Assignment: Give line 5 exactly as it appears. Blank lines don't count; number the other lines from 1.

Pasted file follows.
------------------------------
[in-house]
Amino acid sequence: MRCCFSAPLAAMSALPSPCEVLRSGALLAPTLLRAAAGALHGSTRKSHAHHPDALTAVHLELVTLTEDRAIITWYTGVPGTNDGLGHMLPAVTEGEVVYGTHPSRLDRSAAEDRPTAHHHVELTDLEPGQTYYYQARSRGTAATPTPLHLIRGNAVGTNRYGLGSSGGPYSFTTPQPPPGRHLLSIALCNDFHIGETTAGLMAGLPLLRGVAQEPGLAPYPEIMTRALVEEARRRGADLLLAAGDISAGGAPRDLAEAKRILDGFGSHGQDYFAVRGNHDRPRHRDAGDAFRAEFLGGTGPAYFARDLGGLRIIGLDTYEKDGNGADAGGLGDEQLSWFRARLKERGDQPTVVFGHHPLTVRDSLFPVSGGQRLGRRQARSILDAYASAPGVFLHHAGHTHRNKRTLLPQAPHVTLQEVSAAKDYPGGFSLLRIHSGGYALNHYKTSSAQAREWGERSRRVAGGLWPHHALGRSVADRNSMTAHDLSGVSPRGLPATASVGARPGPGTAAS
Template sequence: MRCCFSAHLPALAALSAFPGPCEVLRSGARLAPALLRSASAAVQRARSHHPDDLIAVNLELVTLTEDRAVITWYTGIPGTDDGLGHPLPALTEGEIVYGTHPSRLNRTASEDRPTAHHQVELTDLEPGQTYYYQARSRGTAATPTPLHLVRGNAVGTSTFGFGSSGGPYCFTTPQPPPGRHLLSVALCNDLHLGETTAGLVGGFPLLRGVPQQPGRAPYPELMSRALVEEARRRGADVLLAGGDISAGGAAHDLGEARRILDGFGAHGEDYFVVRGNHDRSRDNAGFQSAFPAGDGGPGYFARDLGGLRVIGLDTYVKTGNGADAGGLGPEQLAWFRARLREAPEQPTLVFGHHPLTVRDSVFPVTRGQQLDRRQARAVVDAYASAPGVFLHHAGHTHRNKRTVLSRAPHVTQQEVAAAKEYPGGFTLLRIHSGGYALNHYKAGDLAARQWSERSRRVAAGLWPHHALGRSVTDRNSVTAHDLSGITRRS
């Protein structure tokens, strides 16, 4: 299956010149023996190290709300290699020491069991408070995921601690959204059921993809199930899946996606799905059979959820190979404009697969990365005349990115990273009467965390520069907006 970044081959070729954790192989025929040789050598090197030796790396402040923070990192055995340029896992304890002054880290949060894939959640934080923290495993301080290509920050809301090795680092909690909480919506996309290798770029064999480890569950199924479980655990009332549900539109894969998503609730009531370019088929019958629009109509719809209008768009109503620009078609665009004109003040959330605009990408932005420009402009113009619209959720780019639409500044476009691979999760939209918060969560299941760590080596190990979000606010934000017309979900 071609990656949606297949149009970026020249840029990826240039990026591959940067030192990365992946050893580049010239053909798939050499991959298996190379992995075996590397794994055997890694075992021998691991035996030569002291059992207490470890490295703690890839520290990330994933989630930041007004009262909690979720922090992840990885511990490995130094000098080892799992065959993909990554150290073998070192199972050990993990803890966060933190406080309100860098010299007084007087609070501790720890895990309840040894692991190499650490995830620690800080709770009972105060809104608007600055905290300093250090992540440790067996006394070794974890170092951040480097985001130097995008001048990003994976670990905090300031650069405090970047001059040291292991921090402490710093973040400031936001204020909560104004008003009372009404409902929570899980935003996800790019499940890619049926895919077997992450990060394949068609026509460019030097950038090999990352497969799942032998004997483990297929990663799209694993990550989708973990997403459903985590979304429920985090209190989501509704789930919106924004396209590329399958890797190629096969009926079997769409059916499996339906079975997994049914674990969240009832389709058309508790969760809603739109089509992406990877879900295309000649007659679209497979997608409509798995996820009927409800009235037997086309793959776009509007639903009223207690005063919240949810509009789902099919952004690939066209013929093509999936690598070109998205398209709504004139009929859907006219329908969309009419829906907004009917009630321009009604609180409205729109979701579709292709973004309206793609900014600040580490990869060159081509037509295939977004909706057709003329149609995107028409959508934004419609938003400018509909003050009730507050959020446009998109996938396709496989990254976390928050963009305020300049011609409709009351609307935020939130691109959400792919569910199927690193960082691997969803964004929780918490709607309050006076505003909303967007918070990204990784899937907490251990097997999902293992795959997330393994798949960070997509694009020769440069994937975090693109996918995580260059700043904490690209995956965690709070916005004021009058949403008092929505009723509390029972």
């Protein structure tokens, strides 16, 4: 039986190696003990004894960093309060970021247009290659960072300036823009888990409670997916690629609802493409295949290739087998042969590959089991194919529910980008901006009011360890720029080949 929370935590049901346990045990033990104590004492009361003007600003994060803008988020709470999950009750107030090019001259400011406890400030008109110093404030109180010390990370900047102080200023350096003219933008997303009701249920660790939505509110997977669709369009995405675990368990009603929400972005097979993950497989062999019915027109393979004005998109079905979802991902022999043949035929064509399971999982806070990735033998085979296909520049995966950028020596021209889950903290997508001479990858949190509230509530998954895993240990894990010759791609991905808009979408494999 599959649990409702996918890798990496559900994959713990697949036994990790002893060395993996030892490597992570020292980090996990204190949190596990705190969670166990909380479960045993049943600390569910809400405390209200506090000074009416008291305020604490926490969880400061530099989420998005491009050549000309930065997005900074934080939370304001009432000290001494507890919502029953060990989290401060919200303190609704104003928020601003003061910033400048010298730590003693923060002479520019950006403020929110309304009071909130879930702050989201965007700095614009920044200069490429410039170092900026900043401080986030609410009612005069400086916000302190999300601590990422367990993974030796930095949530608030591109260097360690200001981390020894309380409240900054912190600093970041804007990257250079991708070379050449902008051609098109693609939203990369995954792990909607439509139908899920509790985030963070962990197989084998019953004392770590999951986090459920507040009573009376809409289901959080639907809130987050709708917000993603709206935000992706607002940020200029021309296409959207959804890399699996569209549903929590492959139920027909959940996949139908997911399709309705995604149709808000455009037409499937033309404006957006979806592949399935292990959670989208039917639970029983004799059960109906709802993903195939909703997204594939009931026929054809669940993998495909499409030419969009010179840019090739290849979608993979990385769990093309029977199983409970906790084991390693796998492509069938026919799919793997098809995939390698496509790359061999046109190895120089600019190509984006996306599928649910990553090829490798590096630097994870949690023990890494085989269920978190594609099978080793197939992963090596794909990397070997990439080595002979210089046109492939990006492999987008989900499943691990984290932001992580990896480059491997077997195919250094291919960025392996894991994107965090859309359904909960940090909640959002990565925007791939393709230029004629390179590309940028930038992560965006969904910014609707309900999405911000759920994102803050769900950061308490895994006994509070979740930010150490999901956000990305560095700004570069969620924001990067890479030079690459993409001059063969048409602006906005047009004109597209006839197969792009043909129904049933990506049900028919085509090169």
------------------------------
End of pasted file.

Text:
């Protein structure tokens, strides 16, 4: 039986190696003990004894960093309060970021247009290659960072300036823009888990409670997916690629609802493409295949290739087998042969590959089991194919529910980008901006009011360890720029080949 929370935590049901346990045990033990104590004492009361003007600003994060803008988020709470999950009750107030090019001259400011406890400030008109110093404030109180010390990370900047102080200023350096003219933008997303009701249920660790939505509110997977669709369009995405675990368990009603929400972005097979993950497989062999019915027109393979004005998109079905979802991902022999043949035929064509399971999982806070990735033998085979296909520049995966950028020596021209889950903290997508001479990858949190509230509530998954895993240990894990010759791609991905808009979408494999 599959649990409702996918890798990496559900994959713990697949036994990790002893060395993996030892490597992570020292980090996990204190949190596990705190969670166990909380479960045993049943600390569910809400405390209200506090000074009416008291305020604490926490969880400061530099989420998005491009050549000309930065997005900074934080939370304001009432000290001494507890919502029953060990989290401060919200303190609704104003928020601003003061910033400048010298730590003693923060002479520019950006403020929110309304009071909130879930702050989201965007700095614009920044200069490429410039170092900026900043401080986030609410009612005069400086916000302190999300601590990422367990993974030796930095949530608030591109260097360690200001981390020894309380409240900054912190600093970041804007990257250079991708070379050449902008051609098109693609939203990369995954792990909607439509139908899920509790985030963070962990197989084998019953004392770590999951986090459920507040009573009376809409289901959080639907809130987050709708917000993603709206935000992706607002940020200029021309296409959207959804890399699996569209549903929590492959139920027909959940996949139908997911399709309705995604149709808000455009037409499937033309404006957006979806592949399935292990959670989208039917639970029983004799059960109906709802993903195939909703997204594939009931026929054809669940993998495909499409030419969009010179840019090739290849979608993979990385769990093309029977199983409970906790084991390693796998492509069938026919799919793997098809995939390698496509790359061999046109190895120089600019190509984006996306599928649910990553090829490798590096630097994870949690023990890494085989269920978190594609099978080793197939992963090596794909990397070997990439080595002979210089046109492939990006492999987008989900499943691990984290932001992580990896480059491997077997195919250094291919960025392996894991994107965090859309359904909960940090909640959002990565925007791939393709230029004629390179590309940028930038992560965006969904910014609707309900999405911000759920994102803050769900950061308490895994006994509070979740930010150490999901956000990305560095700004570069969620924001990067890479030079690459993409001059063969048409602006906005047009004109597209006839197969792009043909129904049933990506049900028919085509090169």